Now for a return to light programming — a little musical interlude.  The Ragtag Daily Prompt today is blizzard.  Very soon it will be winter in the Northern Hemisphere and some of my readers may even live in areas where they get blizzards.

If you are Canadian, you might have heard the story of Bishop Isaac Stringer and Charles Johnson who, in 1909, spent 51 days in the Yukon in miserable weather and survived by eating their seal skin boots.  Bishop Isaac Stringer’s great-grandson, Todd Mayhew, lives in Australia.  Todd and his brother wrote a song about this epic adventure in honour of their great-grandfather.  It is a ripping good yarn.  Todd and his wife, Sivan Agam, have their own folk band, The April Maze.  Listen to Todd and Sivan tell the story of Bishop Stringer in words and music below.  They forget the words a few times, but don’t worry, they soon recover.  You’ll want to hear the whole tale.

Read the story here.

The April Maze are one of my favourite folk groups.  Go check them out if you like this type of music.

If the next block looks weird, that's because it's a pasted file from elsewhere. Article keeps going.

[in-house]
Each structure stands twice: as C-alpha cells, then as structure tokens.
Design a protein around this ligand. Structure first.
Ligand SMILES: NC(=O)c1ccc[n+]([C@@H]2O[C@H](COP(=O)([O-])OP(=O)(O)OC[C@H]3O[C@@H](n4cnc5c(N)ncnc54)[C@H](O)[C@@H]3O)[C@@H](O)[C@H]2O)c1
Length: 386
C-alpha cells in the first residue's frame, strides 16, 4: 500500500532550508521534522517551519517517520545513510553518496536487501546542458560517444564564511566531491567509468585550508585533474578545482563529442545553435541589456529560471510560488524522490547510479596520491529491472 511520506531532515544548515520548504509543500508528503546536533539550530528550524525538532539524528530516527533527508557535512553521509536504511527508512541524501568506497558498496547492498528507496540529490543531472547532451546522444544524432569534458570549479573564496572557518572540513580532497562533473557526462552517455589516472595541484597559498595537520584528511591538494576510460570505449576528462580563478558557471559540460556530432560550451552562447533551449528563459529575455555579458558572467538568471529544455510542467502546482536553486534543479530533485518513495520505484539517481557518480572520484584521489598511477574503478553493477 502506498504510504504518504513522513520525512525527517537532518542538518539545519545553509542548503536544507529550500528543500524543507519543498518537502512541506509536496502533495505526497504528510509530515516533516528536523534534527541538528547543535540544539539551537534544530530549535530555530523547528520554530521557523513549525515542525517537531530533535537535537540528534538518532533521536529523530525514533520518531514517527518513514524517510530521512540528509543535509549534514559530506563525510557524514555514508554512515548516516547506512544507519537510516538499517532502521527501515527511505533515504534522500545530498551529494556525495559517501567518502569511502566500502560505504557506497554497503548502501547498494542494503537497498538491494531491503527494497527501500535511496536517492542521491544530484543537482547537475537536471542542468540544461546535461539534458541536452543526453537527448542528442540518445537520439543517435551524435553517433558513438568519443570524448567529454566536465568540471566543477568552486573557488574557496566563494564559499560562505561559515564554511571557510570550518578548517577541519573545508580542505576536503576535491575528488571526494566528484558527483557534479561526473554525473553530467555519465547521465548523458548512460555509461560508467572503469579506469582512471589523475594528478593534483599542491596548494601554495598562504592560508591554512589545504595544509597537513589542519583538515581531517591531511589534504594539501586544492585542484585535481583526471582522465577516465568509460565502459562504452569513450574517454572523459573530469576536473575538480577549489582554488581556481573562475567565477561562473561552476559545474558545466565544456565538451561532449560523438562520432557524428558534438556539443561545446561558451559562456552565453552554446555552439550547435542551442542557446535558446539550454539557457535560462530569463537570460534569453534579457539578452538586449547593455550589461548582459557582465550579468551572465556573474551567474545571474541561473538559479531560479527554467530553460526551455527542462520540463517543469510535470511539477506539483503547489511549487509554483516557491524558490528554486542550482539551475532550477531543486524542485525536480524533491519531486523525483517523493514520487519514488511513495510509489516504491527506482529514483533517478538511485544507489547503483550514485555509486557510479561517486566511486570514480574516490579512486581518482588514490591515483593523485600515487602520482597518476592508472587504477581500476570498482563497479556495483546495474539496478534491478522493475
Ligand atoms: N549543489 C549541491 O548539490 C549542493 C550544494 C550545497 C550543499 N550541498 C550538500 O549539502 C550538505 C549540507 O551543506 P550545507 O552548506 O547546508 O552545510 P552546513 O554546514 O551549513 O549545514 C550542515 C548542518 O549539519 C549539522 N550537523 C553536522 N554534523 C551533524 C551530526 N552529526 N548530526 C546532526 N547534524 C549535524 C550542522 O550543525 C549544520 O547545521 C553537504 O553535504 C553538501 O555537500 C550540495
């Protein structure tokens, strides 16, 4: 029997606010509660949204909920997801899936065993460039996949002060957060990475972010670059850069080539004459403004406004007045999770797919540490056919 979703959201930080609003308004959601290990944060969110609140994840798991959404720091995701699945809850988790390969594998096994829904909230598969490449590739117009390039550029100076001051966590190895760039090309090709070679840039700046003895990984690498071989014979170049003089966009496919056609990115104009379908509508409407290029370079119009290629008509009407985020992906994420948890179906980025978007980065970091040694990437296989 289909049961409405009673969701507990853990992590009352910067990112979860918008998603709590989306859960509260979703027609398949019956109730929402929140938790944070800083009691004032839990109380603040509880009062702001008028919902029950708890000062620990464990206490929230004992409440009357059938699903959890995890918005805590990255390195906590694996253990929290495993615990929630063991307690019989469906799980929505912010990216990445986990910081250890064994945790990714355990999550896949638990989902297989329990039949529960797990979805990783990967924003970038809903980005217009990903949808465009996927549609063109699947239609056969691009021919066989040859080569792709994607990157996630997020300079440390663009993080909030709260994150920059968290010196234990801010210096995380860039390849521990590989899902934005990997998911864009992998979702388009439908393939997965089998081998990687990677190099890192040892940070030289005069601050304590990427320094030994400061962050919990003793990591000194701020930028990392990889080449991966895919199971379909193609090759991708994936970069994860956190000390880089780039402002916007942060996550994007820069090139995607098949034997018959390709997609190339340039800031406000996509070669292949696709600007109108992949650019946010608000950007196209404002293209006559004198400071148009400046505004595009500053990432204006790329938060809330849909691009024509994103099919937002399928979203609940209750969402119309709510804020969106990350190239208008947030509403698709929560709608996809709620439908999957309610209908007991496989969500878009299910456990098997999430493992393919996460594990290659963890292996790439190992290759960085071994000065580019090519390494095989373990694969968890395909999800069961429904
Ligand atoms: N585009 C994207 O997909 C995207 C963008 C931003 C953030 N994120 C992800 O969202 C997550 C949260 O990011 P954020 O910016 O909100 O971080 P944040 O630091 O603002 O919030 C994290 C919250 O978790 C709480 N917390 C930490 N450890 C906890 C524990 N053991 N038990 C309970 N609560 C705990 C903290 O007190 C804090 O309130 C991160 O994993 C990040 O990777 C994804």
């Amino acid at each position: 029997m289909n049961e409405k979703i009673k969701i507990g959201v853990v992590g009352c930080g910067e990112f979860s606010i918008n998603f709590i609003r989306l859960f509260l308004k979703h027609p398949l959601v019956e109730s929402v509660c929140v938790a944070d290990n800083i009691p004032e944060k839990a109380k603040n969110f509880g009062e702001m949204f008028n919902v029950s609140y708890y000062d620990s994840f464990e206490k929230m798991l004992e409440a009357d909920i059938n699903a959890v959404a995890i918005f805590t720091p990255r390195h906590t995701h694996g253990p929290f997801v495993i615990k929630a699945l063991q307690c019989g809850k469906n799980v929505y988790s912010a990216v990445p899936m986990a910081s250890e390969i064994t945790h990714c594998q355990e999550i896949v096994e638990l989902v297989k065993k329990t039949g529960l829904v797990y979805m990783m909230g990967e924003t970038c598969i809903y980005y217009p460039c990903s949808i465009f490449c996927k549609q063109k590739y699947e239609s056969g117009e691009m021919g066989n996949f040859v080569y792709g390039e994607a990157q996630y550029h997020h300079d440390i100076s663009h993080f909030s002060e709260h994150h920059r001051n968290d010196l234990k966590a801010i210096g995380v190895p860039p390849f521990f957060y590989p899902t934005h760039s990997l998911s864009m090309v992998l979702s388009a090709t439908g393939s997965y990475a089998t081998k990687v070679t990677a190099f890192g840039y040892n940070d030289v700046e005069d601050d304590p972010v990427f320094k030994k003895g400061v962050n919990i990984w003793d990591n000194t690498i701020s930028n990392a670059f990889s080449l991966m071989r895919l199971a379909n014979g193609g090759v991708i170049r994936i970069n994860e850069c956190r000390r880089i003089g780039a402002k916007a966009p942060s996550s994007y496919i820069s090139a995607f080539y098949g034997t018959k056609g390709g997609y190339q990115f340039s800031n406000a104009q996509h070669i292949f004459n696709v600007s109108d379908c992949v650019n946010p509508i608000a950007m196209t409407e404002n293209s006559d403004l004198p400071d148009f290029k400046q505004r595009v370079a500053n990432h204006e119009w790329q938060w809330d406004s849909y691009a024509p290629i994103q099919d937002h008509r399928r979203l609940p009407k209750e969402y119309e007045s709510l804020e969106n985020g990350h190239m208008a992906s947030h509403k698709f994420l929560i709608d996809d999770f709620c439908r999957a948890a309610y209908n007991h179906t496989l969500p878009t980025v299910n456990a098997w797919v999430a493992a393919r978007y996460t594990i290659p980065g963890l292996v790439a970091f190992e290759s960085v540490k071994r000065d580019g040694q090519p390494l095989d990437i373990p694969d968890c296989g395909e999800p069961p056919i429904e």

Kind Regards

Response to the Ragtag Daily Prompt — Blizzard.  Looking for blogging inspiration?  Click on the link to join in the fun.

18 thoughts on “The Bishop Who Ate His Boots

      1. I loved the winters there. I don’t mind the cold if there isn’t a wind and it is a dry cold, unlike here in Saskatchewan, we have the wind and I don’t like winter here!

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  1. I didn’t know this story — or that you could actually survive on shoe leather — I’d heard of being so hungry that you’d eat your shoes but thought that was an expression

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